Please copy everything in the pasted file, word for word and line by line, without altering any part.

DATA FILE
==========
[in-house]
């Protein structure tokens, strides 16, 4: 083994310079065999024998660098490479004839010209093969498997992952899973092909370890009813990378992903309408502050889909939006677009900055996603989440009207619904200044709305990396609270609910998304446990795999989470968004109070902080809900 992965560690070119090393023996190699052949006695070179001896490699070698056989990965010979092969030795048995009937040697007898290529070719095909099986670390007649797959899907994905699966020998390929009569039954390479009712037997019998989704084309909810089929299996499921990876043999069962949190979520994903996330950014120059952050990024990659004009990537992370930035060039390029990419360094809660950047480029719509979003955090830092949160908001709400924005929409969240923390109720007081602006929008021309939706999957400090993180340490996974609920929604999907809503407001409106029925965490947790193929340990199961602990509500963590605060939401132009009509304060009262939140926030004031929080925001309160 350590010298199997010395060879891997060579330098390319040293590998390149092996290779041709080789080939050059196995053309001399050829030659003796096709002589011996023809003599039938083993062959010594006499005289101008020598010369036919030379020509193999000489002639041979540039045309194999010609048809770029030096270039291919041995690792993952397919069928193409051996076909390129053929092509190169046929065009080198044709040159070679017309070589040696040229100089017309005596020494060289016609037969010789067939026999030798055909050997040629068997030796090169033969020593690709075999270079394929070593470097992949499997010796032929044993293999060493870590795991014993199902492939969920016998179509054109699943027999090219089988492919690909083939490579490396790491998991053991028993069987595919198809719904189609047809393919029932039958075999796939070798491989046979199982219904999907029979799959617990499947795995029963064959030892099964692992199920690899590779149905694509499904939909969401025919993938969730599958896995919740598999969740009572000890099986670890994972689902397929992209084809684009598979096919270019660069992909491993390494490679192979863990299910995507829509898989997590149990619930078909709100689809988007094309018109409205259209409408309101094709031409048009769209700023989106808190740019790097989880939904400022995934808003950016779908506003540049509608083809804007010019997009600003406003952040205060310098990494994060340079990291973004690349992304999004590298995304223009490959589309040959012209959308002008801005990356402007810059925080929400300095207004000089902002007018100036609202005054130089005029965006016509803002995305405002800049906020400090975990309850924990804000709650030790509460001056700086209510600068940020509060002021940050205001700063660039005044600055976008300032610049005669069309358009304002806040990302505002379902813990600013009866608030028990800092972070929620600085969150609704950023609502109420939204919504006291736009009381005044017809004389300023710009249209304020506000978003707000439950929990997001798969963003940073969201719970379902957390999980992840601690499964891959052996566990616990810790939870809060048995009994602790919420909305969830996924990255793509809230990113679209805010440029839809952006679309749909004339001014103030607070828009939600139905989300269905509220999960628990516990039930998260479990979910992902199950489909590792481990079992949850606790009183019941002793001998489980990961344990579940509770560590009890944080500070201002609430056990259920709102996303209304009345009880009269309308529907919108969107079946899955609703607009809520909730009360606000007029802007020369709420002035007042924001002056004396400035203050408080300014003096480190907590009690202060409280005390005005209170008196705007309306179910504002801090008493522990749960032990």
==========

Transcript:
[in-house]
């Protein structure tokens, strides 16, 4: 083994310079065999024998660098490479004839010209093969498997992952899973092909370890009813990378992903309408502050889909939006677009900055996603989440009207619904200044709305990396609270609910998304446990795999989470968004109070902080809900 992965560690070119090393023996190699052949006695070179001896490699070698056989990965010979092969030795048995009937040697007898290529070719095909099986670390007649797959899907994905699966020998390929009569039954390479009712037997019998989704084309909810089929299996499921990876043999069962949190979520994903996330950014120059952050990024990659004009990537992370930035060039390029990419360094809660950047480029719509979003955090830092949160908001709400924005929409969240923390109720007081602006929008021309939706999957400090993180340490996974609920929604999907809503407001409106029925965490947790193929340990199961602990509500963590605060939401132009009509304060009262939140926030004031929080925001309160 350590010298199997010395060879891997060579330098390319040293590998390149092996290779041709080789080939050059196995053309001399050829030659003796096709002589011996023809003599039938083993062959010594006499005289101008020598010369036919030379020509193999000489002639041979540039045309194999010609048809770029030096270039291919041995690792993952397919069928193409051996076909390129053929092509190169046929065009080198044709040159070679017309070589040696040229100089017309005596020494060289016609037969010789067939026999030798055909050997040629068997030796090169033969020593690709075999270079394929070593470097992949499997010796032929044993293999060493870590795991014993199902492939969920016998179509054109699943027999090219089988492919690909083939490579490396790491998991053991028993069987595919198809719904189609047809393919029932039958075999796939070798491989046979199982219904999907029979799959617990499947795995029963064959030892099964692992199920690899590779149905694509499904939909969401025919993938969730599958896995919740598999969740009572000890099986670890994972689902397929992209084809684009598979096919270019660069992909491993390494490679192979863990299910995507829509898989997590149990619930078909709100689809988007094309018109409205259209409408309101094709031409048009769209700023989106808190740019790097989880939904400022995934808003950016779908506003540049509608083809804007010019997009600003406003952040205060310098990494994060340079990291973004690349992304999004590298995304223009490959589309040959012209959308002008801005990356402007810059925080929400300095207004000089902002007018100036609202005054130089005029965006016509803002995305405002800049906020400090975990309850924990804000709650030790509460001056700086209510600068940020509060002021940050205001700063660039005044600055976008300032610049005669069309358009304002806040990302505002379902813990600013009866608030028990800092972070929620600085969150609704950023609502109420939204919504006291736009009381005044017809004389300023710009249209304020506000978003707000439950929990997001798969963003940073969201719970379902957390999980992840601690499964891959052996566990616990810790939870809060048995009994602790919420909305969830996924990255793509809230990113679209805010440029839809952006679309749909004339001014103030607070828009939600139905989300269905509220999960628990516990039930998260479990979910992902199950489909590792481990079992949850606790009183019941002793001998489980990961344990579940509770560590009890944080500070201002609430056990259920709102996303209304009345009880009269309308529907919108969107079946899955609703607009809520909730009360606000007029802007020369709420002035007042924001002056004396400035203050408080300014003096480190907590009690202060409280005390005005209170008196705007309306179910504002801090008493522990749960032990």